The Needling of Zuzanli St36


Thanks for dropping by, I hope this post might be of some benefit to you in clinical practice.

The following diatribe was written in response to a post on the forum regarding the depth of needling required to elicit an effective response from the point Zusanli ST36.

Previous posts stated that it was safe to needle Zuzanli up to a depth of 5cm and commonly to a depth of 3cms.

Why randomly needle to that depth?

Because we can?
Because it is ‘safe’ to do so?
Deeper the better?

Are we tonifying or dispersing the patient if they squirm with discomfort from our insistence that we can needle to this depth because it is ‘safe’ to do so or simply because ‘we can’?

Why would we want to cause a significant dispersion of qi from Zusanli ST 36, ostensibly ‘most powerful tonifying point on the body’?

What patient with what condition/s requires needle insertion of Zuzanli to a depth of 5cm?

What of their nationality, age, constitution or cultural disposition?

Perhaps depth of needling should depend on what we want to achieve.

Tonify, disperse, transfer, yang qi, yin qi, blood ?

Why bother needling Zusanli ST 36 just 3 mm?

We could go to 5mm+/- when administering needle head moxa or we have a very specific reason to generate an immensely dense rather than refined da qi sensation.


We could stick it in 3 – 5 cm, regardless of the condition of the patient.

Have you found that simply touching/brushing the surface of the point/meridian can be amazingly effective particularly when working with younger children, babies, oversensitive, stressed, utterly exhausted adults and the chronically ill.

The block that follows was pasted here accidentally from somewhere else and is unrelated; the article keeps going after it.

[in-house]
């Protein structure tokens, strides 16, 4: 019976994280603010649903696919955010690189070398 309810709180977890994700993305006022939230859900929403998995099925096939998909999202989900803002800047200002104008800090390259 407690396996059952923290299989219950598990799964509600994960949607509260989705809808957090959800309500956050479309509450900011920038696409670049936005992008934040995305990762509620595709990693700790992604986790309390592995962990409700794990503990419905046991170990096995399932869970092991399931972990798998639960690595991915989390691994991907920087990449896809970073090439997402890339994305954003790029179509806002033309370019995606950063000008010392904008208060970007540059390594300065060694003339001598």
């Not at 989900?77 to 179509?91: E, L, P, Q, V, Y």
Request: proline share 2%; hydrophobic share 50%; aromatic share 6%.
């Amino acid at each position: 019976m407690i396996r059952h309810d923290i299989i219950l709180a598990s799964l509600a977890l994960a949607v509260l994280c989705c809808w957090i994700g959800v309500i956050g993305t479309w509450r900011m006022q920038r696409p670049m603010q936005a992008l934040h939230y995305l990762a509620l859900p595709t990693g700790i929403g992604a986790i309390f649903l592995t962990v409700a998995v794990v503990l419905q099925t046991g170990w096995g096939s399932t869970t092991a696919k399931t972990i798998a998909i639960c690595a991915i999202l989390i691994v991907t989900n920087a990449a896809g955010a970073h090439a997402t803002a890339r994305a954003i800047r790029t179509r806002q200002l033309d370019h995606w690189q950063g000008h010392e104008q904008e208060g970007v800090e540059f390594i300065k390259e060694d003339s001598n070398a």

Whatever it takes for us to ‘get a result’.

And I hear the patient say.
‘The less discomfort, the better!’,

Conversely if the patient has a severely worn hip joint and wants to delay surgical replacement, diving deeper is definitely an option.

Could this style of needling be any different proposition from the needling of one of the body’s most powerful ‘command’ points?

I ask of myself and you the reader?

Should we consider varying the depth of our needling according to the individual patient?

What level of yang qi or substances do we want to influence primarily on each individual patient?

How superficial/deep,deficient/excess is the Qi in this patients xyz meridian?

How deep should we to needle to influence this patients blood or yin qi?

Is the patient’s condition primarily constitutional or are other extraneous factors at play?

Is the patient (the silent majority) scared witless of needles???

If so, is there any way we might use this rampant ‘negative’ energy to our clinical advantage and allay their fears of pain and persecution?

For mine, these considerations are also vital if we are to elicit maximum effectiveness from this amazing medicine for each INDIVIDUAL patient.

Hope that has stoked your clinical fires a little.

My techie is working diligently to discover why I am unable to post images or audio – visual content.

When that situation is resolved be ready for lots of images and video as I ramp it up somewhat.

In the meantime I trust you have a good time for a long time,


About Alan

Alan Jansson is an internationally recognized teacher and practitioner of Traditional Japanese Acupuncture. As a staunch advocate of practically based workshops, Alan draws upon his 35 years clinical experience and 23 years post and undergraduate teaching. Alan has presented, convened and hosted more than 70 Traditional Japanese Acupuncture workshops in Australia, Europe, and USA.

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